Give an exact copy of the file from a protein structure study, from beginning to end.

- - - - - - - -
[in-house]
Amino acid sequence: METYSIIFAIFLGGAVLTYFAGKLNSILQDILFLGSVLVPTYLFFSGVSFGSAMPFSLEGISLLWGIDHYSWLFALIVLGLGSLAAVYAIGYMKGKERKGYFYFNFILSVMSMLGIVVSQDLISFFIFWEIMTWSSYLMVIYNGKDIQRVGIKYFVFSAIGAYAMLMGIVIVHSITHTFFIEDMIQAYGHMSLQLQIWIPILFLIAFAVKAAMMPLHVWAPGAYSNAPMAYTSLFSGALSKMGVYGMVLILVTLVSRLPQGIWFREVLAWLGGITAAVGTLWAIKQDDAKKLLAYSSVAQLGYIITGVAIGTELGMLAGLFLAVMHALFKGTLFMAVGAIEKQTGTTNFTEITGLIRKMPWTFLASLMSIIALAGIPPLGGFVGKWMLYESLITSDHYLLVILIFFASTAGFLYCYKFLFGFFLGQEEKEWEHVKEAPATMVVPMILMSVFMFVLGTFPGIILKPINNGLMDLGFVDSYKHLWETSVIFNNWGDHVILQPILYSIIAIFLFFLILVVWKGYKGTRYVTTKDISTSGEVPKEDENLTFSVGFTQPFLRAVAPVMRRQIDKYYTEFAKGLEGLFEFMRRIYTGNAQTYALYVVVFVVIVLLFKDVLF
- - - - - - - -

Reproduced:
[in-house]
Amino acid sequence: METYSIIFAIFLGGAVLTYFAGKLNSILQDILFLGSVLVPTYLFFSGVSFGSAMPFSLEGISLLWGIDHYSWLFALIVLGLGSLAAVYAIGYMKGKERKGYFYFNFILSVMSMLGIVVSQDLISFFIFWEIMTWSSYLMVIYNGKDIQRVGIKYFVFSAIGAYAMLMGIVIVHSITHTFFIEDMIQAYGHMSLQLQIWIPILFLIAFAVKAAMMPLHVWAPGAYSNAPMAYTSLFSGALSKMGVYGMVLILVTLVSRLPQGIWFREVLAWLGGITAAVGTLWAIKQDDAKKLLAYSSVAQLGYIITGVAIGTELGMLAGLFLAVMHALFKGTLFMAVGAIEKQTGTTNFTEITGLIRKMPWTFLASLMSIIALAGIPPLGGFVGKWMLYESLITSDHYLLVILIFFASTAGFLYCYKFLFGFFLGQEEKEWEHVKEAPATMVVPMILMSVFMFVLGTFPGIILKPINNGLMDLGFVDSYKHLWETSVIFNNWGDHVILQPILYSIIAIFLFFLILVVWKGYKGTRYVTTKDISTSGEVPKEDENLTFSVGFTQPFLRAVAPVMRRQIDKYYTEFAKGLEGLFEFMRRIYTGNAQTYALYVVVFVVIVLLFKDVLF